Dividend Payout Ratios: Why Bigger Isn’t Always Better


The distribution of profits among investors, what a great idea. But some companies get carried away, they don’t think about the future of the company. When it comes to dishing out profits, it’s important to consider the bigger picture.

The dividend payout ratio is the percentage of profits a company pays out in dividend each year to its shareholders. However if the ratio is too high, the company can soon find themselves in financial difficulty, as they don’t have a cash pillow to fall on in times of uncertainty.

The dividend payout ratio can be calculates by taking the dividend per share, and dividing it by the earnings per share of the company in that same year. This will give you an answer in the range of 0 to 1, just times it by 100 to get a percentage.

Here are 5 US companies dividend payout ratios based on the trailing 12 month earnings:

Company NameDividend Payout Ratio
3M64.62%
Apple27.21%
Microsoft42.95%
AT&T58.10%
Coca Cola88.01%
Figures correct as of June 2020

What is the Best Dividend Payout Ratio?

Dividend Payout Ratios 950x650

As you can see the dividend payouts vary from company to company, so there is not a single round figure they stick to. There are many factors that would encourage a company to increase it’s payout ratio, but we’ll get into that later.

Just like there is no single ratio companies stick to, there is no single opinion on what that ratio should be. So I going to provide some examples and what these ratios could mean, then I want you to make your opinion on which you would aim for when investing.

1% – 20%

Companies with extremely low payout ratios could be doing so because of a few reasons:

  • Massive fluctuations in profit year to year.
  • They are planning for future growth.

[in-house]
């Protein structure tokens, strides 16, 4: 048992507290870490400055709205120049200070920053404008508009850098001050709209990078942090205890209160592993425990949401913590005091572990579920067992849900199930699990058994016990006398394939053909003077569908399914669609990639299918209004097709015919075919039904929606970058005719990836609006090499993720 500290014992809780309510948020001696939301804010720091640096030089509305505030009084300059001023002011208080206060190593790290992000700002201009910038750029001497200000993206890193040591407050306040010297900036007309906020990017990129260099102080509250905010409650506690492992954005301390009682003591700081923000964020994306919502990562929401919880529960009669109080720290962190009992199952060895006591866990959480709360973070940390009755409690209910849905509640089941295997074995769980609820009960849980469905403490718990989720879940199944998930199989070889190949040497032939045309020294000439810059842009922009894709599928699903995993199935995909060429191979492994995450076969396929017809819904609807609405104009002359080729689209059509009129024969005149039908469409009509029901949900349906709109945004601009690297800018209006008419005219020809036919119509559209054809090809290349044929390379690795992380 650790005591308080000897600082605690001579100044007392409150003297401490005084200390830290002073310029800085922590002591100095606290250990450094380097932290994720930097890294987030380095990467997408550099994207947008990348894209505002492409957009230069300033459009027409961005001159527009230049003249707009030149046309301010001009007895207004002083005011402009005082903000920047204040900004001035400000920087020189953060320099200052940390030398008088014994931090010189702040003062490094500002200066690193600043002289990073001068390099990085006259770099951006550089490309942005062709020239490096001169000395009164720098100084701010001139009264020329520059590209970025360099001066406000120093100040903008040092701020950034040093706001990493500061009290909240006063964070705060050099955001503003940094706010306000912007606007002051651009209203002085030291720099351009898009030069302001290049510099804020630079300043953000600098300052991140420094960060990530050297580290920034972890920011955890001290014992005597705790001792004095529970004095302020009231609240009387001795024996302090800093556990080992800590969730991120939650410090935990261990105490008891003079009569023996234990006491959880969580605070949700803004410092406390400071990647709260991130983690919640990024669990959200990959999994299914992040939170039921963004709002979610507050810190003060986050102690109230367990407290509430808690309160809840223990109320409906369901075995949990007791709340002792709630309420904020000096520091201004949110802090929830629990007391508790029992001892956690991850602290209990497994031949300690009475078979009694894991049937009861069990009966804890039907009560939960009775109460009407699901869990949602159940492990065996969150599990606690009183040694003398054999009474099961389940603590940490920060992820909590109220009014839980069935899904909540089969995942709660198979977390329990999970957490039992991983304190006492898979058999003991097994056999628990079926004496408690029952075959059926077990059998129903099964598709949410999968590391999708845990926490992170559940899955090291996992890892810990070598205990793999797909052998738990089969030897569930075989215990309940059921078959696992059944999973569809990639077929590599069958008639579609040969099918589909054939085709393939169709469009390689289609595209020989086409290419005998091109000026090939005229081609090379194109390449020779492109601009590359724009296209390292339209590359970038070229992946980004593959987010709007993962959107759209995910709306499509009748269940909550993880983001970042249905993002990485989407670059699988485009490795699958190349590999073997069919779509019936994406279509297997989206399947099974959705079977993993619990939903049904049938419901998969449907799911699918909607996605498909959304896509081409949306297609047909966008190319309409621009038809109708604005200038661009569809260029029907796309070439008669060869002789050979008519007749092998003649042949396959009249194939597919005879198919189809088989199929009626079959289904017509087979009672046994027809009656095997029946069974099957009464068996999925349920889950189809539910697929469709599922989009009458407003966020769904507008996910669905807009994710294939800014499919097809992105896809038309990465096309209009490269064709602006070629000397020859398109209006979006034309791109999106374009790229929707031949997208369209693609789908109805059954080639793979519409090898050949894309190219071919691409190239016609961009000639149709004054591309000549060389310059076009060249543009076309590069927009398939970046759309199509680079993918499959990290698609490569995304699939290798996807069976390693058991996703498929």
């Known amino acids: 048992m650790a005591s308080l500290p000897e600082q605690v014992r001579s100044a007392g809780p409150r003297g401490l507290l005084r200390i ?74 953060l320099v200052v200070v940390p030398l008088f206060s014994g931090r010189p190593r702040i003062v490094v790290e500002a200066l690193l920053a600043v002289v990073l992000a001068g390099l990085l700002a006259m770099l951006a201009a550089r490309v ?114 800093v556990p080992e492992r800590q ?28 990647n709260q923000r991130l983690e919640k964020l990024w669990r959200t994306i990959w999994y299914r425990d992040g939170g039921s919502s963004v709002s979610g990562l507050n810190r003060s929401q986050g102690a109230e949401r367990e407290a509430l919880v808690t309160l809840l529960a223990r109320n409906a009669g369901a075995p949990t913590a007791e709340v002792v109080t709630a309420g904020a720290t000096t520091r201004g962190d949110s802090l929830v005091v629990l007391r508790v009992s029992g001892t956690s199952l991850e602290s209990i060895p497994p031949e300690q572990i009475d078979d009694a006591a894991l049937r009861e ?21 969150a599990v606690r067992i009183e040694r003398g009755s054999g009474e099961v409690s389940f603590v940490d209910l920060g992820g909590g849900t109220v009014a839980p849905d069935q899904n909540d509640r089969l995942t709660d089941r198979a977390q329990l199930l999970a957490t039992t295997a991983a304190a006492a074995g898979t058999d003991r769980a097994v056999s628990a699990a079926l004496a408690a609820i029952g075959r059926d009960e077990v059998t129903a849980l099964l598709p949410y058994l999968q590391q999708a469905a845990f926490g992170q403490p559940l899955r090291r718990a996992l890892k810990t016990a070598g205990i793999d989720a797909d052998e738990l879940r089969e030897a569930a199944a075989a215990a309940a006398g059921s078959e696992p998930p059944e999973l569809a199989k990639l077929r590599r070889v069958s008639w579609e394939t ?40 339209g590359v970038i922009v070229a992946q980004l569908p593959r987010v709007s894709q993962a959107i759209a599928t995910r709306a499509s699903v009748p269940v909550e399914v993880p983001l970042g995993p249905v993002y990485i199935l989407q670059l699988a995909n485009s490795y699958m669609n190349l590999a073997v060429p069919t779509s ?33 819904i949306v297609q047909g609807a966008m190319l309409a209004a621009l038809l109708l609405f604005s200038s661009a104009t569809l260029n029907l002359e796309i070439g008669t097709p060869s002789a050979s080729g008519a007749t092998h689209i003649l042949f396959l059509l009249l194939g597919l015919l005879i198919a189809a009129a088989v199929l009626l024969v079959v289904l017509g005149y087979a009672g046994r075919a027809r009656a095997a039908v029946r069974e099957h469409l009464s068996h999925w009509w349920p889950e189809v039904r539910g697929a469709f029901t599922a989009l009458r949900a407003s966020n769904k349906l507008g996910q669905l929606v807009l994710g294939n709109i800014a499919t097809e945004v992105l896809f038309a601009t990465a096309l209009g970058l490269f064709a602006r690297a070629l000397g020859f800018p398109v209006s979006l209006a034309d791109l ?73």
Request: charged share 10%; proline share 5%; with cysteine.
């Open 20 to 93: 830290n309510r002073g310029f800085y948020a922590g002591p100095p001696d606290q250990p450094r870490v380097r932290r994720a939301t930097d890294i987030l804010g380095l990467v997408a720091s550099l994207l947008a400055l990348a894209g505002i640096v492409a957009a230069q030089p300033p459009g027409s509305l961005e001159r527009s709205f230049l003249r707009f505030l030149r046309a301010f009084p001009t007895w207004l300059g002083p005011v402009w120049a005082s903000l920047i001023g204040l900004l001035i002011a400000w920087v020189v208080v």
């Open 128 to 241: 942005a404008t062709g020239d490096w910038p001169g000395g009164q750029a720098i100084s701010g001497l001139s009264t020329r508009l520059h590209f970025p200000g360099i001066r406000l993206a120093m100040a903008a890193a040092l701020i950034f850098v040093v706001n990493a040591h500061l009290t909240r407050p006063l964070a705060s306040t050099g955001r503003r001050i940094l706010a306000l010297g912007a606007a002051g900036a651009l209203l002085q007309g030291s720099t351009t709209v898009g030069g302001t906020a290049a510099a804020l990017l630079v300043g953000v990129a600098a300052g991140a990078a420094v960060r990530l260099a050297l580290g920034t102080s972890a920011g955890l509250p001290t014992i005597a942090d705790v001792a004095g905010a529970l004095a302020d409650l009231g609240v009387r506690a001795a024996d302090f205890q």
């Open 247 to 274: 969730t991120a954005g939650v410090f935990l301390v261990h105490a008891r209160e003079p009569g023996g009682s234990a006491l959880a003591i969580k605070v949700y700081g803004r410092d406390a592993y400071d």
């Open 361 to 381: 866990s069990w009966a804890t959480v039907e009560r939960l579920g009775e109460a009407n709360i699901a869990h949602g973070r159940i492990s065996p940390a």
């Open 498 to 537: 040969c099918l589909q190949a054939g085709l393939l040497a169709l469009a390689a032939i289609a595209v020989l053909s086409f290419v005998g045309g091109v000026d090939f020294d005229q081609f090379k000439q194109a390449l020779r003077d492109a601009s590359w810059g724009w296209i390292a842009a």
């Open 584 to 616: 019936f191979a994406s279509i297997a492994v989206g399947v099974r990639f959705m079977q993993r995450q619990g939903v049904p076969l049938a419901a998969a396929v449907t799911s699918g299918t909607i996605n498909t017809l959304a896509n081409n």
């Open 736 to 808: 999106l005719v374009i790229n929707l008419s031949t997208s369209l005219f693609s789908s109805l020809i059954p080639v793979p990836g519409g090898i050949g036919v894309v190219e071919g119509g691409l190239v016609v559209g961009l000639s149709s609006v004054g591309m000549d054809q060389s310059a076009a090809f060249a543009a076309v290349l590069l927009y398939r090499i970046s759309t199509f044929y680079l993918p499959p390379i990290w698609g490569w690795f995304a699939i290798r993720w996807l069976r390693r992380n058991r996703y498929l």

• The owners are being a bit greedy.
  • The company is on a downward spiral and have ceased innovating.

These reasons are good and bad.

Unpredictable profits are terribly bad for a dividend paying stock. Not only do dividends get cut when profits are lower than expected, but the value of the stock goes down as well. Meaning, not only are you losing dividend income, you are also losing value through depreciation of the stock you hold.

A company which is planning for growth can be seen in two ways… Is their idea good? And, does the management team have a good track record?

Company owners plan for growth all the time, so they are being greedy most of the time, normally a high ranking officer of the company will release a statement explaining the low payout ratio. The reason will usually be planning for growth.

Companies that are on a downward spiral are hard to spot. Think about oil companies, with the increased innovation and massive strides we have taken towards green energy, we have seen these companies either dive into new sectors, or fail to move and fizzle out.

This level of payout ratio is only worth your investment if the company has a strong plan for growth and a capable team doing the work.

21% – 40%

This band is a weird one. Maybe again the company owners are being a bit too greedy, or maybe they are on the move up or down the dividend spectrum.

Companies with this level of payout require you to look at the payout history and ask yourself these questions:

  • Do they have a consistent payout ratio?
  • Has the dividend grown or decreased over the last 5 years?
  • Does the company have a strong profit with plenty cash available?

The reason we ask these questions is to gage just how safe this dividend is.

If in prior years we see the dividend was larger than now, could this mean the company is struggling financially? But if the dividend has been growing consistently over the last 5 years, it could mean the company is experiencing solid growth.

If the dividend payout ratio is in this band, you need to determine if the company is on the way up or the way down. If the company is stagnant you might need to make a judgement call whether the company is being greedy, or something is on the horizon.

41% – 60%

This is a healthy range of most companies that offer dividends. It is modest but still allows the company to accrue cash for future troubles and growth.

No need to be concerned about the greedy owners this time, you need to focus on the strength of the company and whether they can maintain this dividend.